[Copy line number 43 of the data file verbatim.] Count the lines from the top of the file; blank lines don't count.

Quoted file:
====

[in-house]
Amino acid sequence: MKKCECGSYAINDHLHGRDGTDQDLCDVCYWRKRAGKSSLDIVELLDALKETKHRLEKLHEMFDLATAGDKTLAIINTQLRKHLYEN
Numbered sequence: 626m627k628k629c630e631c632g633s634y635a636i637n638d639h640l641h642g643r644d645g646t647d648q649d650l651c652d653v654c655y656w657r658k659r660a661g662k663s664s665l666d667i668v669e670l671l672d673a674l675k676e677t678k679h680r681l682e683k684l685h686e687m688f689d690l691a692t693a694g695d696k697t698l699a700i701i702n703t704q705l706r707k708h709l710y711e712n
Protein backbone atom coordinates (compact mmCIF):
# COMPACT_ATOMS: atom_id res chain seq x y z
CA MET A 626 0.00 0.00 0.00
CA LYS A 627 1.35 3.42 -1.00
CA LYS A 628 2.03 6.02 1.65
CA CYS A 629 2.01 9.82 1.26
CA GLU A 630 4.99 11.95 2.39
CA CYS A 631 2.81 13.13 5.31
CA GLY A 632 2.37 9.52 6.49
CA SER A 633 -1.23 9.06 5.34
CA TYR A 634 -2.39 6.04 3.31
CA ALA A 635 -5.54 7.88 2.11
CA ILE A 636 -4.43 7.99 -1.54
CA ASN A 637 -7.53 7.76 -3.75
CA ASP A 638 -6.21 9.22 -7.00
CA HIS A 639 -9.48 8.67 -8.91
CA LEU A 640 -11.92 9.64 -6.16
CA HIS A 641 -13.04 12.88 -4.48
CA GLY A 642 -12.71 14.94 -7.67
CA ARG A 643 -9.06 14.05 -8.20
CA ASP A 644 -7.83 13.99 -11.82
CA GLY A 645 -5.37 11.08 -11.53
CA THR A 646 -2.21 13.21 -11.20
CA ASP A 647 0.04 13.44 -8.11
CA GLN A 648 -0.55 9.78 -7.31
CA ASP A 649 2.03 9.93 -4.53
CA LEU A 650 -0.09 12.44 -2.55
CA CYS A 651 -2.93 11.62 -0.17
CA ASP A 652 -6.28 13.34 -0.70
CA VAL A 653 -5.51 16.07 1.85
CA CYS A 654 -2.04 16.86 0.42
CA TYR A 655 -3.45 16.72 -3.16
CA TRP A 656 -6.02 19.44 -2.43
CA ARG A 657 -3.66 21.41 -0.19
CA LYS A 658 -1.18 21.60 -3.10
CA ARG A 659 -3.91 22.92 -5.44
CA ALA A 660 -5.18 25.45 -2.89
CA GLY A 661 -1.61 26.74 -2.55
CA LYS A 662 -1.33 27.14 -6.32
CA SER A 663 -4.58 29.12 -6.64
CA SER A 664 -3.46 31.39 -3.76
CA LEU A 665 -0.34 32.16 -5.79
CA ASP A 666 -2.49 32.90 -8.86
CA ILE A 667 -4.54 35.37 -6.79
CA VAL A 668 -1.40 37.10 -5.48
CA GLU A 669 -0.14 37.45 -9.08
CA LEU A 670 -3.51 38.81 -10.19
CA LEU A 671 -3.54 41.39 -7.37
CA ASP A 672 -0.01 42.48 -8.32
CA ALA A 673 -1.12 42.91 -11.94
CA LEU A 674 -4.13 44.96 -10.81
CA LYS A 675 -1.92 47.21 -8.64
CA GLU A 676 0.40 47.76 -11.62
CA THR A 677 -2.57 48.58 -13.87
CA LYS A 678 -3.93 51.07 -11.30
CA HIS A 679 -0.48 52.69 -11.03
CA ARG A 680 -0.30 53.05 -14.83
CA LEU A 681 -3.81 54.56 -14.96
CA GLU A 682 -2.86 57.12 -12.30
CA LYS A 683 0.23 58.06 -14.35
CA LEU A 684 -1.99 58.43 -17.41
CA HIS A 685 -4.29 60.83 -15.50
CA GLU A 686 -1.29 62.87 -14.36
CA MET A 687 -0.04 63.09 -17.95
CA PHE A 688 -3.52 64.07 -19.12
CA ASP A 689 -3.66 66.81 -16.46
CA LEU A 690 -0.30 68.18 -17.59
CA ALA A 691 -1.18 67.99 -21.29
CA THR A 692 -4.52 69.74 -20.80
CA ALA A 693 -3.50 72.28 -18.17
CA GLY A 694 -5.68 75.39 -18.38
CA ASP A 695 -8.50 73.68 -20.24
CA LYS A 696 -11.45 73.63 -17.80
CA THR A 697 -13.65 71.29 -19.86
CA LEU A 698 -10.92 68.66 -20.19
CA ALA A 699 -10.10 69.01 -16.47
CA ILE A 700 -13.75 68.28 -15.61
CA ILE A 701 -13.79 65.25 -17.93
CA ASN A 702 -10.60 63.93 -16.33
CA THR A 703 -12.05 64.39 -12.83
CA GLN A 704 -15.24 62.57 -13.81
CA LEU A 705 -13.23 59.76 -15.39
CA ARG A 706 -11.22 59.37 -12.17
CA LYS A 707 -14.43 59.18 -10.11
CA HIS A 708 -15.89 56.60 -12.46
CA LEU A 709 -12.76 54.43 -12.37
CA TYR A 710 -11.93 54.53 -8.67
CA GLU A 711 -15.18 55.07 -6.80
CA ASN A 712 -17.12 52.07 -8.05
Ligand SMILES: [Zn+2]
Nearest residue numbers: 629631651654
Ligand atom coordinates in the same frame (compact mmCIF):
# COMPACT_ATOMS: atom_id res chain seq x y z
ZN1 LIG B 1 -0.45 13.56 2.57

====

CA SER A 663 -4.58 29.12 -6.64